and that becaufc he maketh ufe of their minifrry to caufe
thofc winds and fires, whereby he accomplifheth his will,
and this they illuftrate by the fire and winds caufed by
them on IMount Sina, at the giving of the Law. But
this interpretation, whatever is pretended to the contrary,
doth not rearly differ from the former, denying angels to
be intentionally fpoken of, and only hooking in, as it were,
a rcfpe£l to them, not lo be feen to contradid the apoflle.
■ — Others grant, that it is the angels of whom the apofllc
treats, but make fpirits to be the lubjc£l of what is affirm-
ed, and angels to be the predicate. In this fenfe, God
is faid to make thofe fpiritual fubftancts, thofe inhabitants
of heaven, his mrjjcngers^ employing them in his fervice —
them whofc nature is a tlaming tire, that is, the feraphims,
to be his minijiers to accomplifh his pleafurc ; making the
term * angels' to denote merely an employment, not

§ 3. But neither of thcfe interpretations appears fatif-
fa£lory. On the contrary, that the winds and tcm-
pclls and their ufe in the earth arc not intended, either by
the pfalmifl or the apoflle, and that the angels are pro-
perly dcfigned by both, might be flicwn from the fcope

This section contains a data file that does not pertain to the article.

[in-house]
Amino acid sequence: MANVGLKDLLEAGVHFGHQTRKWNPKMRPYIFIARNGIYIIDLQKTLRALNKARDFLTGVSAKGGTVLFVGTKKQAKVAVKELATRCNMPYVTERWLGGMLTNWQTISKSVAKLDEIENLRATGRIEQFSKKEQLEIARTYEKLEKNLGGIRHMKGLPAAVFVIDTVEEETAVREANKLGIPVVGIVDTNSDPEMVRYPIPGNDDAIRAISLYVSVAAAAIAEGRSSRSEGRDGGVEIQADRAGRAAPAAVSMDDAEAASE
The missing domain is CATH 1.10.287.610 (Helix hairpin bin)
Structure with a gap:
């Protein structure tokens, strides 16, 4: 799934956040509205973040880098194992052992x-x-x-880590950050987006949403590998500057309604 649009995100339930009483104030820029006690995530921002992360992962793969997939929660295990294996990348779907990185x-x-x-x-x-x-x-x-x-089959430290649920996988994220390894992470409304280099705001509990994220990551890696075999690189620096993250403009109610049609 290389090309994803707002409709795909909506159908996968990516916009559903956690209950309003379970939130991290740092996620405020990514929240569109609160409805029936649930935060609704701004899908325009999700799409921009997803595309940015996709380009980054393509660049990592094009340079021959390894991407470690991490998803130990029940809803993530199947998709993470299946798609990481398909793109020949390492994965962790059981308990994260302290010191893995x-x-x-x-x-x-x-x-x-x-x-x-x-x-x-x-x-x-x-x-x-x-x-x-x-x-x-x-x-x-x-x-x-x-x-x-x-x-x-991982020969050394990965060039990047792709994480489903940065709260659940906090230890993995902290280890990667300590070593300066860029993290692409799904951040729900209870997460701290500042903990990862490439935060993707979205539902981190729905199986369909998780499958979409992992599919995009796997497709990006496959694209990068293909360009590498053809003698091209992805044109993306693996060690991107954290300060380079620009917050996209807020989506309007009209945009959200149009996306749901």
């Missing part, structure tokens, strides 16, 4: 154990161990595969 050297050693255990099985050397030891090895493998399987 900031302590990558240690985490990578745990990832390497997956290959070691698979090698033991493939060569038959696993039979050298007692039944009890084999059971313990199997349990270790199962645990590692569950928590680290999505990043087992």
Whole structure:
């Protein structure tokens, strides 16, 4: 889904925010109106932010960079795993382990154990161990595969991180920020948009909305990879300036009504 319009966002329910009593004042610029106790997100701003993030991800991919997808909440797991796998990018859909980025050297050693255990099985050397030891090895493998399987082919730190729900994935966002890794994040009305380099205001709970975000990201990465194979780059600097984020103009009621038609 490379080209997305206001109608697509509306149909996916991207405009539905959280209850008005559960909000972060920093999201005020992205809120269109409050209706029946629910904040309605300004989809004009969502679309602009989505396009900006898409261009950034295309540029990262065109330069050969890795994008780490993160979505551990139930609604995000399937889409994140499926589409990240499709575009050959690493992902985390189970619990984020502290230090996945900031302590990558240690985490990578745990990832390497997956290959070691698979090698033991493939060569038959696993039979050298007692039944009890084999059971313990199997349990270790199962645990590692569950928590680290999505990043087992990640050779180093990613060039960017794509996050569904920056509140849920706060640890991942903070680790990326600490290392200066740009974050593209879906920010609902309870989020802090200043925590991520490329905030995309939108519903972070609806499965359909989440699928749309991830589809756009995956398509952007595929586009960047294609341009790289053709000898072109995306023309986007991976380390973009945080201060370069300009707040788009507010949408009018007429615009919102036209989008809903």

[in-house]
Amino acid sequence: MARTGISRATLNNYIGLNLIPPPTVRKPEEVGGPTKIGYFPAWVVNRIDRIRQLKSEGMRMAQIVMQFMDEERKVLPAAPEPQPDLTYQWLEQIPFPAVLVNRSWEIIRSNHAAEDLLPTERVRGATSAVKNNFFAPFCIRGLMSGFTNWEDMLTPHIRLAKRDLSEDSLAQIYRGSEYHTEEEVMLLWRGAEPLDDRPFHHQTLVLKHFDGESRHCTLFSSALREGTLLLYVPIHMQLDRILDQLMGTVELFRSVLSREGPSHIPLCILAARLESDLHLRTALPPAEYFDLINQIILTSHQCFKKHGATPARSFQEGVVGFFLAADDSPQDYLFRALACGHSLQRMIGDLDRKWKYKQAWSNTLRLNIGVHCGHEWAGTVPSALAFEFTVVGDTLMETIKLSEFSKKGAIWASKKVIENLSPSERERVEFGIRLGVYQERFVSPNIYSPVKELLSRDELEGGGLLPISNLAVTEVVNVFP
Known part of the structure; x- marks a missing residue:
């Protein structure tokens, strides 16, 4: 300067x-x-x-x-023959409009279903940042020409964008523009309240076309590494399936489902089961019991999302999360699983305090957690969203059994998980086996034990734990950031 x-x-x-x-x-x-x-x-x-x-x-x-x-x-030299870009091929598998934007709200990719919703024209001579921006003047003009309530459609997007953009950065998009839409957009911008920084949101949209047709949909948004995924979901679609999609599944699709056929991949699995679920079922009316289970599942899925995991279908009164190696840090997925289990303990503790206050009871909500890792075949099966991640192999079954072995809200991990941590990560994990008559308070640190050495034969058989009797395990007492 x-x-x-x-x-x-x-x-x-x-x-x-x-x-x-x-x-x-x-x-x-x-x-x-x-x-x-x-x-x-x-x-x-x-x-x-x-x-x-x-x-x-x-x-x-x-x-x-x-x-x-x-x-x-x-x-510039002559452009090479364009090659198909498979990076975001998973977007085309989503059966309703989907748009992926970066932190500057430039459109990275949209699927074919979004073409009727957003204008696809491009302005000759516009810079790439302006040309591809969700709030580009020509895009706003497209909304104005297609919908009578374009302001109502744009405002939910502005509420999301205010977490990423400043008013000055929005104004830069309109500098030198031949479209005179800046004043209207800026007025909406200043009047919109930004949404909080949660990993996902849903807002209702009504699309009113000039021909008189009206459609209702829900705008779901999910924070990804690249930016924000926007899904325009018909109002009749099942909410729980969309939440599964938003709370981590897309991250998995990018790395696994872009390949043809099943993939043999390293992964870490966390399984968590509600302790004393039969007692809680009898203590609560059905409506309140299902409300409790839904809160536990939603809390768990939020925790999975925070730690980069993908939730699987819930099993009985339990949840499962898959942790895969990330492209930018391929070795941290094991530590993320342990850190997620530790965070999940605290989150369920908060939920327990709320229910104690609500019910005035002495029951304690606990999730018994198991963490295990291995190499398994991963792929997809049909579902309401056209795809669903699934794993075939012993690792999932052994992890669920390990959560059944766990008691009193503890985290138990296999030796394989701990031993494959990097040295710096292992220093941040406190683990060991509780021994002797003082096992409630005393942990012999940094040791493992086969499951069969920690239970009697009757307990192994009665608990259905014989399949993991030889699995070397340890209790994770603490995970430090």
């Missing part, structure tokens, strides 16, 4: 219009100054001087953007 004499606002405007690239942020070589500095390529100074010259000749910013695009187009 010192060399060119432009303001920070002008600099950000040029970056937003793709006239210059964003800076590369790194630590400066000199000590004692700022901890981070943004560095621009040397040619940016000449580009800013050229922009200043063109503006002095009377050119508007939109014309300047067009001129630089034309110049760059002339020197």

and dcligii of the palTagcs— -the confent of the ailticiit
Jews-— from the common ufe of the word (cdo«V») ren-
dered angels, feeing no reafon can be given why it fliould
not denote them here— -from the apoftle and Sept, fixing
the articles before the words {(xyy-Xovg and Xstjov^yevg)
angels and minyicrs, which plainly determine them to be
the fubjed fpoken of. Not to iniift particularly on thefe
things, let it be only obferved, that the apoflle's intention
is to prove by this tellimony, that the angels are employ-
ed mfuch vjorks and fes vices, and in fuch a manner, as thati
t!)ey are no way to be compared to the Son of God, ia
refpe£l of that office which, as Mediator, he hath under*
dertaken ; which the fenfe and conflruflion now con-
tended for, but no other, evidently prove,

§ 4. (II.) Our next inquiry is after what is affirmed
concerning thcfe angels and miniilers fpoken of, and that
is, that God makes them * fpirits' and a * flame of
* fire.* Some fuppofe that the creation of angels is con-
tended, and the nature whereof they were made. He
made them fpirits \ that is, of a fpiritual fuhjlance \ and
his heavenly miniflcrs quick, powerful, agile, as a flaming